This is one of those days when I feel like crap. I’ve been here in Manila for 2 1/2 months and I still haven’t got a full-time, permanent job.
I quit med school last April. It’s a long story, but to make it short: Intelligence isn’t everything. I was beginning to get depressed. And I just don’t want to go back to being the negative, suicidal person that I was (I used to be like that during my last semester in college. I didn’t attempt suicide though; technically they’re just suicidal ideations–you’re just thinking that you want to die. Nonetheless, I still felt like shit).
Between April and May, my mom and I had the worst fight in our lives. We released years of hidden frustrations and anger at each other. I thought it was time to fight back. All my life I’ve listened and followed everything she said. I had her in mind when I picked nursing as my college degree. But I realized so much later that no matter how I tried, I will never love nursing. Taking up nursing was a wrong decision too. The demand for nursing abroad was at its peak during the first half of the decade. Nursing became a popular course and nursing schools began popping out everywhere like mushrooms. When I was in fourth year high school, I still haven’t fully decided what profession I should pursue. I don’t like following the crowd; but at that time I did–and I chose nursing. I was lucky to get accepted into the premier nursing school in the country and I decided to enter, my mom and my not-so-reliable older sister in mind. The next 4 years of my life to summarize, were the best and the worst.
If I had the chance to go back and change something in my life, I’d like to go back to the time when I was in fourth year high school. I’d switch my first choice of campus to Diliman and my second choice to Manila. My first degree choice in Diliman was Business Administration with Accountancy; my second choice, Library and Information Science (during that time, there was a rumor that you should pick a non-quota degree course for your second choice to secure a slot in the campus you like). Choosing nursing as my degree course was a wrong move. Why? Here are my 2 main reasons:
First of all, I’m an introvert. This course needs extroverts and persons with sunshiny personalities both to help patients and personally cope with the stresses of the nursing profession (hands down to nurses!). I am not a person with a sunshiny personality. I tend to be a worrywart; I am sensitive and I easily get stressed.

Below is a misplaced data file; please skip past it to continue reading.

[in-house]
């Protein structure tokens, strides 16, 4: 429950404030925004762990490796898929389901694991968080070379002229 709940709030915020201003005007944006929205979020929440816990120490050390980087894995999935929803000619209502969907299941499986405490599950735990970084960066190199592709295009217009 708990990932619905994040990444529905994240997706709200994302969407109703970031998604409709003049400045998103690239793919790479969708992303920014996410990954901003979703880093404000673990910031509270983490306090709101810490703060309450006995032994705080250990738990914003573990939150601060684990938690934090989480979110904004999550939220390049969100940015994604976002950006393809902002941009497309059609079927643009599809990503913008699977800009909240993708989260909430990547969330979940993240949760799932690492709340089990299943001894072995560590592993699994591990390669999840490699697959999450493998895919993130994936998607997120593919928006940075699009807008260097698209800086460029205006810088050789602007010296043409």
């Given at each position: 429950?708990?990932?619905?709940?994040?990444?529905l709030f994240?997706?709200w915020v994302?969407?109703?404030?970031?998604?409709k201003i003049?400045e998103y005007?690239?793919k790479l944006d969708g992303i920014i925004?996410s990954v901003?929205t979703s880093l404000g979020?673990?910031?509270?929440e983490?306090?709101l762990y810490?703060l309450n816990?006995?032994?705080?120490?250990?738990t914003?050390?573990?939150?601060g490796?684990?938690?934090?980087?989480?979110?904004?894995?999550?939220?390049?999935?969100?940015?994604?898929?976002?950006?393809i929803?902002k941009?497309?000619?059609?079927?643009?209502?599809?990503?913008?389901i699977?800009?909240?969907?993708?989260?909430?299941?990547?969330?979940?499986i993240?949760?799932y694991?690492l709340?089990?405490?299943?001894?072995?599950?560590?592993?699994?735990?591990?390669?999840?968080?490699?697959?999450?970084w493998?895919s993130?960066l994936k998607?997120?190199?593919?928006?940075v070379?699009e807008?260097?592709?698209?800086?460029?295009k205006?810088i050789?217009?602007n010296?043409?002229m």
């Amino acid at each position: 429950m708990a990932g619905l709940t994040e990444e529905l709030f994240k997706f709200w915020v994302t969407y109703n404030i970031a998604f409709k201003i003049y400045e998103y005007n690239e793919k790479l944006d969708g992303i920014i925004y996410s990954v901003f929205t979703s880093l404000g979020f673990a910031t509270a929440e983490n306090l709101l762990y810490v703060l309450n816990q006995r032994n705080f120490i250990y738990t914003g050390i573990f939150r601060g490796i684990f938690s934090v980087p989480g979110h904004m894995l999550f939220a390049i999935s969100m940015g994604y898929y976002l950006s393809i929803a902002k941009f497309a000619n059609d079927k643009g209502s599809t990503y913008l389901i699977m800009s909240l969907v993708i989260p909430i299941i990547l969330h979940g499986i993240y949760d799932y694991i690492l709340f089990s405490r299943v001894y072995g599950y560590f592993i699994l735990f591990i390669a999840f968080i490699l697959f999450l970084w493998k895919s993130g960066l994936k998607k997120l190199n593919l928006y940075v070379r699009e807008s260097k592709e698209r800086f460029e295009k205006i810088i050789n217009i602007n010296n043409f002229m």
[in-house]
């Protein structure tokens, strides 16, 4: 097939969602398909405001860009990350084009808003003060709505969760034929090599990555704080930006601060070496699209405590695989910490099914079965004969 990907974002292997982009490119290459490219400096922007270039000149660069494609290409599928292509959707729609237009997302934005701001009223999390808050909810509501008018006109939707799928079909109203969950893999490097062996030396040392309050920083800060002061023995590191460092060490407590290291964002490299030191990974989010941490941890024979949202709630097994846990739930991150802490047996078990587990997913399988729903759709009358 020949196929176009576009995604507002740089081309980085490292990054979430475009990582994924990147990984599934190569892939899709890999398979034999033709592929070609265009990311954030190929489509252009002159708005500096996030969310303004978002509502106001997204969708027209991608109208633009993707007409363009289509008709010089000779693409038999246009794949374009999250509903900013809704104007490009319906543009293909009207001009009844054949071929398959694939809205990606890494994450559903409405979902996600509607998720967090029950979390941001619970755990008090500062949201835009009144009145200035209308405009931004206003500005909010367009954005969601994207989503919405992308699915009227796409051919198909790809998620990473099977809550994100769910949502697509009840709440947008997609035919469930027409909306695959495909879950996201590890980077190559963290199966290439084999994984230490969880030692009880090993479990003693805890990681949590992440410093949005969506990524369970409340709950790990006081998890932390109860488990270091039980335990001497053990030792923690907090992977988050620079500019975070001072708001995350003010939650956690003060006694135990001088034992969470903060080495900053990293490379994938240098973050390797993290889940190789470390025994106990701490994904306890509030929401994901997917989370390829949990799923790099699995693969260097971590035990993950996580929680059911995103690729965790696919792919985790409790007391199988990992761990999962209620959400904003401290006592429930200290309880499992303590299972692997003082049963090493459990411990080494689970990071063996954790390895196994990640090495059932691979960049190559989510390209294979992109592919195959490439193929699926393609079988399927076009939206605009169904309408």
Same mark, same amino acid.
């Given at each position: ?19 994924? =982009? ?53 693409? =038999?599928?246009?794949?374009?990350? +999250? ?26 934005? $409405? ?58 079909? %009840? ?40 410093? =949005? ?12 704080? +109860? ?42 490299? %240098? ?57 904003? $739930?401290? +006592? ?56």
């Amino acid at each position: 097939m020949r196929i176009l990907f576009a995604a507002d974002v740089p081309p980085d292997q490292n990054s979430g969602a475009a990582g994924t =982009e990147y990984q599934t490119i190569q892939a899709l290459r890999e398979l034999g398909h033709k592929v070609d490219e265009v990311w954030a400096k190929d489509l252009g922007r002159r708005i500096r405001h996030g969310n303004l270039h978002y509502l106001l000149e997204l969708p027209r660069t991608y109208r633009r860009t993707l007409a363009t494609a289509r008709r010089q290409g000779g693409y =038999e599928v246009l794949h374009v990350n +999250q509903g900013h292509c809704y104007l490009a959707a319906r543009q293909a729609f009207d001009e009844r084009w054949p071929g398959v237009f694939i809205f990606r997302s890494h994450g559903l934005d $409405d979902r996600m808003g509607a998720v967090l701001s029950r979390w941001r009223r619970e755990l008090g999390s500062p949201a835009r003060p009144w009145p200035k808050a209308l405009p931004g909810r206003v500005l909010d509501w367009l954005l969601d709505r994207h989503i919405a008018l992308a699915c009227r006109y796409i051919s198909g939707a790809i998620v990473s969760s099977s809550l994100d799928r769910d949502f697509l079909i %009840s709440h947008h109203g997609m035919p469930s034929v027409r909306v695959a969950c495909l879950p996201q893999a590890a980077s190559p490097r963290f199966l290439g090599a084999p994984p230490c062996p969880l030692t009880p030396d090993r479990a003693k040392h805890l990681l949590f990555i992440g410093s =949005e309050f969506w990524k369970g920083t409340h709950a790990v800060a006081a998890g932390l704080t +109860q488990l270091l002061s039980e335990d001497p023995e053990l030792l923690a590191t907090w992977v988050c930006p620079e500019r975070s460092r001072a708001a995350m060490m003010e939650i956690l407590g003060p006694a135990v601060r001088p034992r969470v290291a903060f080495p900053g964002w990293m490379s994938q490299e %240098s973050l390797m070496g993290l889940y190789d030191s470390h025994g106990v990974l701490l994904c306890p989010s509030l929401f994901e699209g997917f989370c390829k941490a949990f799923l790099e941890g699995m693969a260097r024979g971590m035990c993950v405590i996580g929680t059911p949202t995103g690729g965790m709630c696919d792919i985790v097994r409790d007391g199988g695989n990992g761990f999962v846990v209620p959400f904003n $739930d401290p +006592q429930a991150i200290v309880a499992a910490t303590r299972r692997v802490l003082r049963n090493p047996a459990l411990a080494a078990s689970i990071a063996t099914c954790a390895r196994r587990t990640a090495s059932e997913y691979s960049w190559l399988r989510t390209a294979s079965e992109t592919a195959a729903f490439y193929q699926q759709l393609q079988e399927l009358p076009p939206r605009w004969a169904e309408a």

Second, I didn’t really thought much about picking it–I actually booted out nursing as a future career when I was younger. I used to dream of being a scientist, an architect, a fashion designer–but never a nurse. I was only thinking of the salary I can get when I work abroad. That was a HUGE mistake (this is one reason why I get irked at parents or people who tell teenagers that they should take up nursing as their course so that “they could work abroad and have large salaries”. Adults, you are sooo teaching these teens the wrong way of thinking!)
When I finally realized I didn’t want nursing as my career, it was already too late. I can’t back out. It was few months before graduation. If you noticed earlier, I italicized the word “I”–it was to emphasize that I personally chose to take up nursing and was not coerced by my mom or anyone. I took on the “martyr” role. And that triggered my depression (although I wasn’t diagnosed clinically). I can’t get angry at anyone but myself.
But the fights last April and May made me realize another thing–about who and what I’ve become now–that my mom had a major part in shaping the present “me”. And she had a hard time accepting that, until now. She can’t accept the fact that she made me what I am today–a person with an inferiority complex–very insecure, with low self-esteem and low self-confidence.
My mom was one of the smartest in their brood of 6. She was a consistent honor student–she actually graduated as salutatorian during her college years. Because I was the daughter who had “inherited” her smarts, she began to have high expectations of me. She doesn’t even have to tell, but I can feel her pressure–the pressure of everyone around me to be like her, or even to surpass her. She used to compare me to her younger self or to my classmates, like I should dress like so-and-so, and I should be like so-and-so and many more. I did things to please her–not because I was happy doing those things. Come to think of it, I never really had any happy childhood memories. My older sister is 8 years older than me, so I grew up alone and most of the time in the company of older people.
Before I entered college, my mom expected me to graduate with Latin honors, just like her. And I didn’t. At 21, she already landed her first job. And I didn’t. I’m still jobless at 22. She was already frustrated with my older sister, and she was expecting me to do better than her. Lately I’ve been showing signs of becoming like my older sister (but not really the exact actions), signs of what mom might consider as “failure” –I impulsively decided to go to med school–> I quit med school after 1 year–> I’m still jobless after 2 1/2 months of stay in Manila.
And yes, I am worrying again. I am worrying a lot. I am worrying that my decision is another bad one. I am afraid to fail. I am afraid to fail my mom and other people’s expectations. But I don’t want to be that person who worries about what other people might think of me. I want to change that. I want to be an optimistic person once again, a person that sees failure as another lesson to learn in life. But I can’t be a bum forever. I have to get a job and live my life the way I want it to be. And God help me.